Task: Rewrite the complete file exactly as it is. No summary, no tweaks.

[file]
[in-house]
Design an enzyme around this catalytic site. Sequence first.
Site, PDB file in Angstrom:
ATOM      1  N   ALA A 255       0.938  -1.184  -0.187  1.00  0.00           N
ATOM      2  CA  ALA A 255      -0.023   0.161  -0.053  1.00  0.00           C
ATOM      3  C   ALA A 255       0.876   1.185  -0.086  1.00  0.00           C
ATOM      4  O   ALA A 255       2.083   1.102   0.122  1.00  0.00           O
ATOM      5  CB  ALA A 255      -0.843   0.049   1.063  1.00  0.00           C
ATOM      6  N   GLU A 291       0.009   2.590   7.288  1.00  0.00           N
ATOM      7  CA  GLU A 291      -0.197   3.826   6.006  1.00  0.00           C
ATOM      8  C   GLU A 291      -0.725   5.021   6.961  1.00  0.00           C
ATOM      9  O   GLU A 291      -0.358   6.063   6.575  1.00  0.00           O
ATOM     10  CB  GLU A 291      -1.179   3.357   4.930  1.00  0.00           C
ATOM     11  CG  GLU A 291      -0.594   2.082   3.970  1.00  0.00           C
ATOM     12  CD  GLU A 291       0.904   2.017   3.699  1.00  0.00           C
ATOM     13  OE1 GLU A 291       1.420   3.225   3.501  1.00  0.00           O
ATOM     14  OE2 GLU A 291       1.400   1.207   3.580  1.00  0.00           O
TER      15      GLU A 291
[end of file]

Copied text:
[in-house]
Design an enzyme around this catalytic site. Sequence first.
Site, PDB file in Angstrom:
ATOM      1  N   ALA A 255       0.938  -1.184  -0.187  1.00  0.00           N
ATOM      2  CA  ALA A 255      -0.023   0.161  -0.053  1.00  0.00           C
ATOM      3  C   ALA A 255       0.876   1.185  -0.086  1.00  0.00           C
ATOM      4  O   ALA A 255       2.083   1.102   0.122  1.00  0.00           O
ATOM      5  CB  ALA A 255      -0.843   0.049   1.063  1.00  0.00           C
ATOM      6  N   GLU A 291       0.009   2.590   7.288  1.00  0.00           N
ATOM      7  CA  GLU A 291      -0.197   3.826   6.006  1.00  0.00           C
ATOM      8  C   GLU A 291      -0.725   5.021   6.961  1.00  0.00           C
ATOM      9  O   GLU A 291      -0.358   6.063   6.575  1.00  0.00           O
ATOM     10  CB  GLU A 291      -1.179   3.357   4.930  1.00  0.00           C
ATOM     11  CG  GLU A 291      -0.594   2.082   3.970  1.00  0.00           C
ATOM     12  CD  GLU A 291       0.904   2.017   3.699  1.00  0.00           C
ATOM     13  OE1 GLU A 291       1.420   3.225   3.501  1.00  0.00           O
ATOM     14  OE2 GLU A 291       1.400   1.207   3.580  1.00  0.00           O
TER      15      GLU A 291